Less 'Peanuts,' More Web

By Astor, Dave | Editor & Publisher, January 3, 2000 | Go to article overview

Less 'Peanuts,' More Web


Astor, Dave, Editor & Publisher


And syndicated information products will continue to grow

The year 2000 was going to be a time of 50th anniversaries for two superstar comics: "Peanuts" and "Beetle Bailey."

Mort Walker's King Features Syndicate strip is still marching toward its September milestone, but fate has pulled the football away from Charles Schulz.

Instead of looking forward to the 50th "Peanuts" birthday in October, Schulz is trying to recuperate from colon cancer and strokes. United Media will distribute "Peanuts" reruns starting Jan. 4 for daily comics and Feb. 20 for Sunday ones. How many of Schulz's 2,600-plus clients are buying them? See next week's E&P for an update.

Meanwhile, some newer strips will continue to push the envelope on comic pages that are less tame than they used to be, but still tamer than content in other media and other sections of newspapers.

Today's most publicized envelope-pusher is "The Boondocks" by Aaron McGruder, who had 1999's biggest launch but also irked some editors and readers with frank commentary on racial issues. The Universal Press Syndicate comic, which started in April, now has 220 clients despite 10 cancellations.

Universal President John McMeel says syndicates should continue to offer at least some "challenging" features in 2000 to help clients build circulation. "It's a syndicate's responsibility to cultivate features that help newspapers attract readers they don't have," he adds, noting that these desired readers include the young and people of color.

McGruder is one of a small but growing group of about 10 syndicated African-American cartoonists. Eyeing the year 2000, Lisa Klem Wilson, United vice president/ sales and marketing, would like to see more Hispanic creators in nationwide distribution.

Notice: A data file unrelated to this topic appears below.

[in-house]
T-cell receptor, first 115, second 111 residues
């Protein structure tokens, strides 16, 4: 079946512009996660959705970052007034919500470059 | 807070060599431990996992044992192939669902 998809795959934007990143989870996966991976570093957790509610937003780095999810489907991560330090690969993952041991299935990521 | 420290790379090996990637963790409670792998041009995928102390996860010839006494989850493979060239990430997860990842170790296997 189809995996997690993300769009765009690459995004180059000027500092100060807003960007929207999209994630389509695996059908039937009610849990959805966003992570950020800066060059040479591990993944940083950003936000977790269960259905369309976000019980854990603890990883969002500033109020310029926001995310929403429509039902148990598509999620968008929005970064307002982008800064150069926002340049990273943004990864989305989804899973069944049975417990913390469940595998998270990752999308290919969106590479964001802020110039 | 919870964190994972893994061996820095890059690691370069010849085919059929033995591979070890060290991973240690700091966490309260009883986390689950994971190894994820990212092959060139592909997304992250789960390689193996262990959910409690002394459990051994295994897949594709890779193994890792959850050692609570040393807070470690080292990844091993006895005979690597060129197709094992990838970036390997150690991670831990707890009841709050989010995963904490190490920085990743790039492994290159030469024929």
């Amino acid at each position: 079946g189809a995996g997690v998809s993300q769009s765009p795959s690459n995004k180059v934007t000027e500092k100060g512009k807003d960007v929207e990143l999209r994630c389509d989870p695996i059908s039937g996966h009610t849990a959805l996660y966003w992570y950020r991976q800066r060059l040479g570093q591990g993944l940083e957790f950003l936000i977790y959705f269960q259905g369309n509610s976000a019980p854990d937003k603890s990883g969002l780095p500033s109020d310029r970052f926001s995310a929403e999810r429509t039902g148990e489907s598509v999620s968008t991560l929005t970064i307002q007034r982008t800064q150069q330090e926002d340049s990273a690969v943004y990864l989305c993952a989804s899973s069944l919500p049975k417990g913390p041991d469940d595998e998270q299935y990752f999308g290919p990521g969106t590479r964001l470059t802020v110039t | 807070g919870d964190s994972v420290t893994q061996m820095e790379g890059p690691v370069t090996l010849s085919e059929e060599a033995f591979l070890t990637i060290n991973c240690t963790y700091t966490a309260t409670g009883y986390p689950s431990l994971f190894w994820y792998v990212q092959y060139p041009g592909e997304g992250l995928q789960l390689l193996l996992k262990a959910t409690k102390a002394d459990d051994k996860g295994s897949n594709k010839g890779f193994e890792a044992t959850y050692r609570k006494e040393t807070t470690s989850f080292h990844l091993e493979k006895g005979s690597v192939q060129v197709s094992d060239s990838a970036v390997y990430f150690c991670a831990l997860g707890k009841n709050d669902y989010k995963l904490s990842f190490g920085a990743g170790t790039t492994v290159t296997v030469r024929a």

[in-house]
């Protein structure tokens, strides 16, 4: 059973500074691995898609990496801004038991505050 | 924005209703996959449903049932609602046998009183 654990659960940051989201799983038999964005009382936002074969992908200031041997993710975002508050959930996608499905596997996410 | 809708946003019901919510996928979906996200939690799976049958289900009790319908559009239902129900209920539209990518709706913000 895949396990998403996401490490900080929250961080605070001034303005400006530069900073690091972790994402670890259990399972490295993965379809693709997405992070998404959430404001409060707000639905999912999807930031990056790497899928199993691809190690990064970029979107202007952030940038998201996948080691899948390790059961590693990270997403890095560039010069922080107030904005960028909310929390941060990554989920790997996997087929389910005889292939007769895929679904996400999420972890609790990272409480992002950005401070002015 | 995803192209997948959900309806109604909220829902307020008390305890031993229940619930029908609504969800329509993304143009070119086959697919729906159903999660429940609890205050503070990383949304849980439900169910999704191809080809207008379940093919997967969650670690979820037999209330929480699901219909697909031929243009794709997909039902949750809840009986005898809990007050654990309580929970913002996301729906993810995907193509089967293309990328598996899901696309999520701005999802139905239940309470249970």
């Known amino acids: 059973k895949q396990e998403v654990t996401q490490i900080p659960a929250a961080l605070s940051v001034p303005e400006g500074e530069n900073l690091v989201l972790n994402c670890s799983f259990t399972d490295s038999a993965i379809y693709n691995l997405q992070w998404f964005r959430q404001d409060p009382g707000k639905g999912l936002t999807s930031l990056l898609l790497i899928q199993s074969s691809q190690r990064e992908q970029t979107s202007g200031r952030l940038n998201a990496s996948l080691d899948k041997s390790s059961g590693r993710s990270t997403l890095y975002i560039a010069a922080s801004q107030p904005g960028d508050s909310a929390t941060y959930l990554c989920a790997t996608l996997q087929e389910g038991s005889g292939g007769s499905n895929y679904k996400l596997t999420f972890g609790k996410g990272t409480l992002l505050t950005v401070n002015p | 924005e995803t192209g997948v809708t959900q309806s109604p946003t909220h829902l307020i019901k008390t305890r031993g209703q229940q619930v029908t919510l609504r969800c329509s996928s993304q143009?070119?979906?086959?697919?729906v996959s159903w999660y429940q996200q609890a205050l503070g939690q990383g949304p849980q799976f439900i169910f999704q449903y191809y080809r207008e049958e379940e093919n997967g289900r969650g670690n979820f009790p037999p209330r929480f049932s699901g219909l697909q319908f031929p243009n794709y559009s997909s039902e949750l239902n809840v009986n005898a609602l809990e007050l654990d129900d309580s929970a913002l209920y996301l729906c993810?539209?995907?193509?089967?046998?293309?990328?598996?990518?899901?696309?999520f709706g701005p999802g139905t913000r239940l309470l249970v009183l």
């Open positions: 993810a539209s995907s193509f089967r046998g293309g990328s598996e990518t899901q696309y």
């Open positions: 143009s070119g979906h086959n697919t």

"We will continue to look for and develop a strip in that arena," she says. "We realize that the face of America is changing, and it has to be reflected in newspaper pages."

The face of the media is changing, too, as the Internet continues to impact syndication.

Companies such as iSyndicate and ScreamingMedia, which gather content for distribution to Web sites, expanded greatly in 1999 and predict more growth in 2000.

The more traditional syndicates also report that Web sales, while still a relatively small part of their business, rose rapidly last year and will continue to do so this year.

Content sold to Web clients includes everything from individual features to packages - not to mention syndicate-created sites branded to look like part of client sites.

Cyber clients are not just newspaper sites. There are millions of other sites, and many are increasingly looking to syndicates for content that helps attract and retain visitors. …

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